To see how visual rhetoric is applied in an advertisement, one could look at one of Coca-Cola’s ads. In general, Coca-Cola’s ads could be characterized as simple, positive, and evoking positive emotions. The chosen advertisement contains Coca-Cola’s slogan “Taste the feelings” and depicts a couple hanging one another and holding the branded bottle in their hands (Appendix 1). The color scheme of this advertisement is warm that makes it immensely cozy. When one looks at the presented ad, he or she feels the happiness of people depicted there and might even want to take their place. Overall, the critical feature of Coca-Cola’s “Taste the feelings” advertisement is the appeal to emotions.
One of the essential insights of visual rhetoric is that any image is perceived by the audience at the level of associations. In more scientific terms, the connotation of a picture is “anchored in rhetorical structure, that is, in cognitive-associative processes such as metaphor and allusion” (Danesi 1). From this, it could be inferred that any advertisement should be taken literally because there contains a deeper meaning. Metaphors are widely used in advertising because they evoke mental images and memories (Sobrino 229). This, in turn, assists in creating a positive attitude to a brand and makes a potential consumer willing to purchase an advertised good or service.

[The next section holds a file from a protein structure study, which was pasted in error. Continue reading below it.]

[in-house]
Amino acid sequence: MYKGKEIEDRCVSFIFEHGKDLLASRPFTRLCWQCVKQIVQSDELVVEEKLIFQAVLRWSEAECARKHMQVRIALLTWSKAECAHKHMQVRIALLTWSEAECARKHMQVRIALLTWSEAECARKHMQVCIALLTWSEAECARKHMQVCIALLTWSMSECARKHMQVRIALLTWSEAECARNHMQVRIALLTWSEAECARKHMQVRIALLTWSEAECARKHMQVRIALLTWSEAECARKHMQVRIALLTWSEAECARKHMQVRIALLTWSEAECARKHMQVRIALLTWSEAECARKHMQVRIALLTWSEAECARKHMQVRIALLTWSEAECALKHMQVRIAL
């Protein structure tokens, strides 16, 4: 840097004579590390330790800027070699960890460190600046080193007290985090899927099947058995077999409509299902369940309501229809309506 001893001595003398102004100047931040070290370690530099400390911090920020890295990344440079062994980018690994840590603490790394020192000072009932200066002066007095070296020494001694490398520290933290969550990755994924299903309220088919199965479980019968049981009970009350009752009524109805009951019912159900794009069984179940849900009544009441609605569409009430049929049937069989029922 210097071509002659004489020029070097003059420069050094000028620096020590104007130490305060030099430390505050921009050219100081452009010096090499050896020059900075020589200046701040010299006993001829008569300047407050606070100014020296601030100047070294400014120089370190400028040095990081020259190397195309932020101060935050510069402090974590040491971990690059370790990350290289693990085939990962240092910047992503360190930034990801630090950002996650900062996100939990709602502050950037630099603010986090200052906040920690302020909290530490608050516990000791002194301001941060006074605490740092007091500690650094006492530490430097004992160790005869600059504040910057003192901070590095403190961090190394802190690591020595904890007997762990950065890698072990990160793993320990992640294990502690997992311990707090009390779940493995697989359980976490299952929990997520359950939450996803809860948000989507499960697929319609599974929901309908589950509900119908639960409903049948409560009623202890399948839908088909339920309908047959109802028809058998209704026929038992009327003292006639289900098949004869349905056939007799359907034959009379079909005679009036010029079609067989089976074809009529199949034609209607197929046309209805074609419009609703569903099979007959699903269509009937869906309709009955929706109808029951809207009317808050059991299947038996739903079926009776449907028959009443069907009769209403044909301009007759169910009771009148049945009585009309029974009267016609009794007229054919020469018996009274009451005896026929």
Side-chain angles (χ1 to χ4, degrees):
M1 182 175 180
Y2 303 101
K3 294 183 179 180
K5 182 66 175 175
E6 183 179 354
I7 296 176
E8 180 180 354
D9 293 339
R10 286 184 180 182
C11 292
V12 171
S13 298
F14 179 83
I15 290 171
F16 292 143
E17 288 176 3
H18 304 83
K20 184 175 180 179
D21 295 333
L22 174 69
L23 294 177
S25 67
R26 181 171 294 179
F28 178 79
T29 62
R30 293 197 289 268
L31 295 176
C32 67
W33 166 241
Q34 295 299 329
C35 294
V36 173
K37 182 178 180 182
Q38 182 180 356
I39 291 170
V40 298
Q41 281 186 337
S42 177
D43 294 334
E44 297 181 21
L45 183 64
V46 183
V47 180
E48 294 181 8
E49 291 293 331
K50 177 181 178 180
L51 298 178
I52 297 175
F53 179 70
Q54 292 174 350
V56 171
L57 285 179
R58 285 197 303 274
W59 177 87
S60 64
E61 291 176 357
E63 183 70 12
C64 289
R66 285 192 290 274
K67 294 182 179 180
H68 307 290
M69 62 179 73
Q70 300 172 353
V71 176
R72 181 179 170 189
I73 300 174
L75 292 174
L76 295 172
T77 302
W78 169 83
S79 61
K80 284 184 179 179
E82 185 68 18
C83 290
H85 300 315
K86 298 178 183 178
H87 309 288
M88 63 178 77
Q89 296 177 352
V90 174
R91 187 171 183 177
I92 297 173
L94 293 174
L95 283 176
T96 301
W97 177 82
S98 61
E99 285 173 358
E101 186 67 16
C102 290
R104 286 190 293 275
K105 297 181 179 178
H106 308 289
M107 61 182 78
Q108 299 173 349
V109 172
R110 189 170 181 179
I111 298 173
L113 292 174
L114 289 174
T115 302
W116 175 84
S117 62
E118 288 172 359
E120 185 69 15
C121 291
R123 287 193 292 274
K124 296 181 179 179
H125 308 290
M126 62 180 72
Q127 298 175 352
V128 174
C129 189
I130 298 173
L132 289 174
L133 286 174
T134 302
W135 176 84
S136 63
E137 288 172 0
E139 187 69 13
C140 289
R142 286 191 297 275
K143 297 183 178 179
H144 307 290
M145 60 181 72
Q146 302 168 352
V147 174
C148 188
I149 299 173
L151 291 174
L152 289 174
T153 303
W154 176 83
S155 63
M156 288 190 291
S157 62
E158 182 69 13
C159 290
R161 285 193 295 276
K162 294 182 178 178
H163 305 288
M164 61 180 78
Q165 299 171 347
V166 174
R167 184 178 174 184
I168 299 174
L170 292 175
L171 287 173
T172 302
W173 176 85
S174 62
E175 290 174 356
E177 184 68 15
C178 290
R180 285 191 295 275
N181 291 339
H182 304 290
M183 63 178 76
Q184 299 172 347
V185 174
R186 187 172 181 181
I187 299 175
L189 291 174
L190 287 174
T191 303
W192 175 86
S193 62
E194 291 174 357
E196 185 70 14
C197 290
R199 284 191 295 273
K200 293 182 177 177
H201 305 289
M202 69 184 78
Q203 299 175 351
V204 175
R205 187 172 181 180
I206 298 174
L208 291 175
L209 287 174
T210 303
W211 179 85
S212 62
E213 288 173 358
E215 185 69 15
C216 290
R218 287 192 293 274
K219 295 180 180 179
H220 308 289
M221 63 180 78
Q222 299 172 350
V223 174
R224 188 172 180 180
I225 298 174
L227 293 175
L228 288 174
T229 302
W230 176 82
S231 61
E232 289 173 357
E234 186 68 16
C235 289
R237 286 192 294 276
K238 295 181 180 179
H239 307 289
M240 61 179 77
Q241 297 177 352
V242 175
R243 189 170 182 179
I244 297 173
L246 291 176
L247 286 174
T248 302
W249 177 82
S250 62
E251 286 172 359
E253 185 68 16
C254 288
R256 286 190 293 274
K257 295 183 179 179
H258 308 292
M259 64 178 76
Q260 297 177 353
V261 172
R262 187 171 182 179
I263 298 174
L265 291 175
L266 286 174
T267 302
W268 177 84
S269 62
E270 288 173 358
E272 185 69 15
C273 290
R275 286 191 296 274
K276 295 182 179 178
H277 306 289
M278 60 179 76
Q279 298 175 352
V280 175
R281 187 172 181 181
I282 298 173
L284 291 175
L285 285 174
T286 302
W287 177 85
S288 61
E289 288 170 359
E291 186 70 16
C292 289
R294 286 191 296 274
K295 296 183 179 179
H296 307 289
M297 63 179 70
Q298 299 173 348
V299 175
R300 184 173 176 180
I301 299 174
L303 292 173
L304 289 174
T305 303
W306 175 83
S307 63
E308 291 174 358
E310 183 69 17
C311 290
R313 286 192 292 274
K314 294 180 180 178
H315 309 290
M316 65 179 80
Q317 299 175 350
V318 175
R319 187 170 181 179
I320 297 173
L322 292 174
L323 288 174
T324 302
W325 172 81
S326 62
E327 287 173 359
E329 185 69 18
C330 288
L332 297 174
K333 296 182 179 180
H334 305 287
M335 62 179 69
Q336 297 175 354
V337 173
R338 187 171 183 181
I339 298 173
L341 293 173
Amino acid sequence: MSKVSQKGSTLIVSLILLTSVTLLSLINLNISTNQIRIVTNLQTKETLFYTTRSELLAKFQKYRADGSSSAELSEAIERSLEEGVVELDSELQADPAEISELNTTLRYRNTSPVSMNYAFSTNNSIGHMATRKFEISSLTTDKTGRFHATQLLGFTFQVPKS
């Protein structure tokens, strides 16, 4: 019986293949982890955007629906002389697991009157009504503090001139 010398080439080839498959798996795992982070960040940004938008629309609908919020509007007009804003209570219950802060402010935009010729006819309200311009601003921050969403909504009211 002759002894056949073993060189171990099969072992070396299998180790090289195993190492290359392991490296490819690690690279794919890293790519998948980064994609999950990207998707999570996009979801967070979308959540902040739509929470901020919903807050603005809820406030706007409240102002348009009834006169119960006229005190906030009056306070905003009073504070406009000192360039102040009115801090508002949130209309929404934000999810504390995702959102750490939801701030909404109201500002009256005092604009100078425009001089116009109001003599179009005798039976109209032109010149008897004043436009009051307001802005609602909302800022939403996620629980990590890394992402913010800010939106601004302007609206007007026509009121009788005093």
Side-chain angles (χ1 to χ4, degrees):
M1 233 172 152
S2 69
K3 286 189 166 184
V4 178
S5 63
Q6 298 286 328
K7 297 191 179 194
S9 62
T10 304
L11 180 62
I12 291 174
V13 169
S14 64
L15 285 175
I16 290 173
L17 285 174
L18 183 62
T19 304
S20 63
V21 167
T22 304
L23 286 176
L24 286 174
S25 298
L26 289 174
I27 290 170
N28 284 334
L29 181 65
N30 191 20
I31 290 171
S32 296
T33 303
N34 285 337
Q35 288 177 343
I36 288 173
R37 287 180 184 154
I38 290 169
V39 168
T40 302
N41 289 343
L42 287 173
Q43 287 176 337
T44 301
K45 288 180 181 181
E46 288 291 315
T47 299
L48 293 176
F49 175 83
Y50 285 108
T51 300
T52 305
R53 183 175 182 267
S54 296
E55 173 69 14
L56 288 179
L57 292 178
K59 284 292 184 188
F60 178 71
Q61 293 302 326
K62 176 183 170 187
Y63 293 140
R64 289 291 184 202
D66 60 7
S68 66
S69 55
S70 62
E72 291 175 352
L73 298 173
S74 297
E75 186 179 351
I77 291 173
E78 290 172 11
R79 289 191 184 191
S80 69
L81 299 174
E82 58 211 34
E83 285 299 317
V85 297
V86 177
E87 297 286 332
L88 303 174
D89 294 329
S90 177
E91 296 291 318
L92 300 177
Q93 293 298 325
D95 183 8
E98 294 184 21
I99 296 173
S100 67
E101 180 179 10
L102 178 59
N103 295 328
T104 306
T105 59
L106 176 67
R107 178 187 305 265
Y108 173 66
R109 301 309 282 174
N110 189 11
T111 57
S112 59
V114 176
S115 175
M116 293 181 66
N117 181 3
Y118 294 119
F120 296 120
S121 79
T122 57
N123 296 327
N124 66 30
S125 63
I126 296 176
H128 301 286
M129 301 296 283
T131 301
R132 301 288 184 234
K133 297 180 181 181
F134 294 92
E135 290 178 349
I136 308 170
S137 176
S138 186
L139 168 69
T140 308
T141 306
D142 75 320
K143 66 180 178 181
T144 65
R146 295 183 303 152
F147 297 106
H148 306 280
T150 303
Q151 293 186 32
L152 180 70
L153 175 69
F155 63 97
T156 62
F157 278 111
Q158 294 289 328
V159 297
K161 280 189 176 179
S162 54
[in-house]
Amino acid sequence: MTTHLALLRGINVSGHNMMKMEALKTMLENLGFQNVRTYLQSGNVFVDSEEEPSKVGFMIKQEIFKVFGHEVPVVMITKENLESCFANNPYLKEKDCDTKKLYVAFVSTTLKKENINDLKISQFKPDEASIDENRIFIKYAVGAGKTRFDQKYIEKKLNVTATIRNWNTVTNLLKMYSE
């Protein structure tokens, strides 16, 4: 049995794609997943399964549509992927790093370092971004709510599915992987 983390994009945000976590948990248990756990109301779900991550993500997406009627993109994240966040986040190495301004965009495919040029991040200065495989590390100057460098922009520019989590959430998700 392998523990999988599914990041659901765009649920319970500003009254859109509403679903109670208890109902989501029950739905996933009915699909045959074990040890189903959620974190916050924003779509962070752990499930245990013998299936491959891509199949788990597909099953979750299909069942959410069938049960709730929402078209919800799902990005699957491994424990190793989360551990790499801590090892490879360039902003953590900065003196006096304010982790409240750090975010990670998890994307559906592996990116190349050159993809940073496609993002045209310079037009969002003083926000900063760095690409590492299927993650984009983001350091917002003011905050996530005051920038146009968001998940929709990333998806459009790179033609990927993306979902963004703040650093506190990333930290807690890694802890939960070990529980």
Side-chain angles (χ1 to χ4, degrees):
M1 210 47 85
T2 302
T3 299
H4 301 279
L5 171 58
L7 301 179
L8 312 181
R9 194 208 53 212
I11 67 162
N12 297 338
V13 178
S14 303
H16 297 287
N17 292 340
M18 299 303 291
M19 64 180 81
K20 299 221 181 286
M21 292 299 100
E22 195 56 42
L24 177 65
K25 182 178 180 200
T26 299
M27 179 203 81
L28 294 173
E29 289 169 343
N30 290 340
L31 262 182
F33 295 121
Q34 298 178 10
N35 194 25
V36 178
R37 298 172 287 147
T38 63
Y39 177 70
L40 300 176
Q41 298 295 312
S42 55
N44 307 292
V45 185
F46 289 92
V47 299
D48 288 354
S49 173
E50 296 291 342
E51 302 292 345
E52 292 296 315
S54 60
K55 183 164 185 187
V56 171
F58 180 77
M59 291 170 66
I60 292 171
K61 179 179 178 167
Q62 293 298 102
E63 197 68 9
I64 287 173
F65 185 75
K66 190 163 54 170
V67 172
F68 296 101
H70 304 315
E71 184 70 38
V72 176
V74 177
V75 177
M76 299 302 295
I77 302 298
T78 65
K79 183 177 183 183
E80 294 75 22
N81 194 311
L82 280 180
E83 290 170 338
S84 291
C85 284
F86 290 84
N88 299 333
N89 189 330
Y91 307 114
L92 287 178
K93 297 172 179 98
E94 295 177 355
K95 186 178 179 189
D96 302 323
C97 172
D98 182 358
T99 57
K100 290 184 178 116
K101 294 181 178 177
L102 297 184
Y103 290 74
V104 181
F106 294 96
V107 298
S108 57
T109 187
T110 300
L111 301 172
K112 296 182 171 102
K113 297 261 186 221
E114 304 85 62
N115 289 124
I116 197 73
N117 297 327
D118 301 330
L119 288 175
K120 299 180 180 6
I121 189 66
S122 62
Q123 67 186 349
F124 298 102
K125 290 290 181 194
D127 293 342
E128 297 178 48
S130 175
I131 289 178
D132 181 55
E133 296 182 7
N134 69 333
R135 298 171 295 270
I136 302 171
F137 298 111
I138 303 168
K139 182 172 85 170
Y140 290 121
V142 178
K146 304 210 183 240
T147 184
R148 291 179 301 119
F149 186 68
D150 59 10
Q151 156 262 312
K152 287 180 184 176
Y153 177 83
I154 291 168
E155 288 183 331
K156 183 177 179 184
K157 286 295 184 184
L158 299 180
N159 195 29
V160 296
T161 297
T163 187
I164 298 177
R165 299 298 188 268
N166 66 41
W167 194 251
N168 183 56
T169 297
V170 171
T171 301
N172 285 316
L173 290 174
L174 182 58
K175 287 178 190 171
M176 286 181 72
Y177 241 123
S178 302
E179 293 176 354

In the case of Coca-Cola’s ad, the audience sees a laughing couple in a homey place full of lights. This photo is associated with love, happiness, and pleasure. This way, after seeing this ad, a person starts to associate the bottle of coke per se with the beautiful feelings. Furthermore, the photo does not look staged because the smiles of the models are natural. This, in turn, makes the audience believe that these emotions are achievable, and the bottle of coke is one of the ways to experience the same feelings as depicted on the poster.